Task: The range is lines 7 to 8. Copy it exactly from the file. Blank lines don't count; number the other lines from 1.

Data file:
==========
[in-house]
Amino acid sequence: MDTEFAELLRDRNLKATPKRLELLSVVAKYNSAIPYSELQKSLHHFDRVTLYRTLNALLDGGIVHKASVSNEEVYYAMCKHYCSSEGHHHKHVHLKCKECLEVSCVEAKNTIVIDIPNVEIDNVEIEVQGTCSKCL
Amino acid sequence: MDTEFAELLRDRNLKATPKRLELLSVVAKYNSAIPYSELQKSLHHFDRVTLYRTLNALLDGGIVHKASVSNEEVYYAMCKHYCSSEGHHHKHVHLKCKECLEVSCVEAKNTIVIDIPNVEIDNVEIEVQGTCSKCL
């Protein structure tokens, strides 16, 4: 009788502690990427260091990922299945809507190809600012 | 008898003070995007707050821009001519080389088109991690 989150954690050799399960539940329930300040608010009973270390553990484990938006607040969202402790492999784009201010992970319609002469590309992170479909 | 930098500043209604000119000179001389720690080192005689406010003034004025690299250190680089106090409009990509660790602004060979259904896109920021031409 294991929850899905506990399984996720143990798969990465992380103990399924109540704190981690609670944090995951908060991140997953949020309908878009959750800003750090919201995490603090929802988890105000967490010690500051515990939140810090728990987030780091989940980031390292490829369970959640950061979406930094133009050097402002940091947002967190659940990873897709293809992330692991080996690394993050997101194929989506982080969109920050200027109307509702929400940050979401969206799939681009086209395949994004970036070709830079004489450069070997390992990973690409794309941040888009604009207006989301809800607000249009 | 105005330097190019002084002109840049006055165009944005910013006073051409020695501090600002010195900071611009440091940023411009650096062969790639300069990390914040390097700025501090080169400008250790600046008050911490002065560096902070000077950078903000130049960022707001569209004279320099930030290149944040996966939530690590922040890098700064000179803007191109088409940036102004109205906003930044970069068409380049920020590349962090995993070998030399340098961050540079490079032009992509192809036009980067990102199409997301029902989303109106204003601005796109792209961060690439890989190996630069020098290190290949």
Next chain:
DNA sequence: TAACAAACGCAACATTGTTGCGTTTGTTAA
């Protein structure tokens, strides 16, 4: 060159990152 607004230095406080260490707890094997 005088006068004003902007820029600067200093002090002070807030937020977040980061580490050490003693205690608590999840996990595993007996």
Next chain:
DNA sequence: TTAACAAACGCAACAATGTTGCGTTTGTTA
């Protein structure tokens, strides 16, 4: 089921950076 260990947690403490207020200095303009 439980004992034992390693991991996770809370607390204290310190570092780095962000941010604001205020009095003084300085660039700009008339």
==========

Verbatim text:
């Protein structure tokens, strides 16, 4: 060159990152 607004230095406080260490707890094997 005088006068004003902007820029600067200093002090002070807030937020977040980061580490050490003693205690608590999840996990595993007996």
Next chain: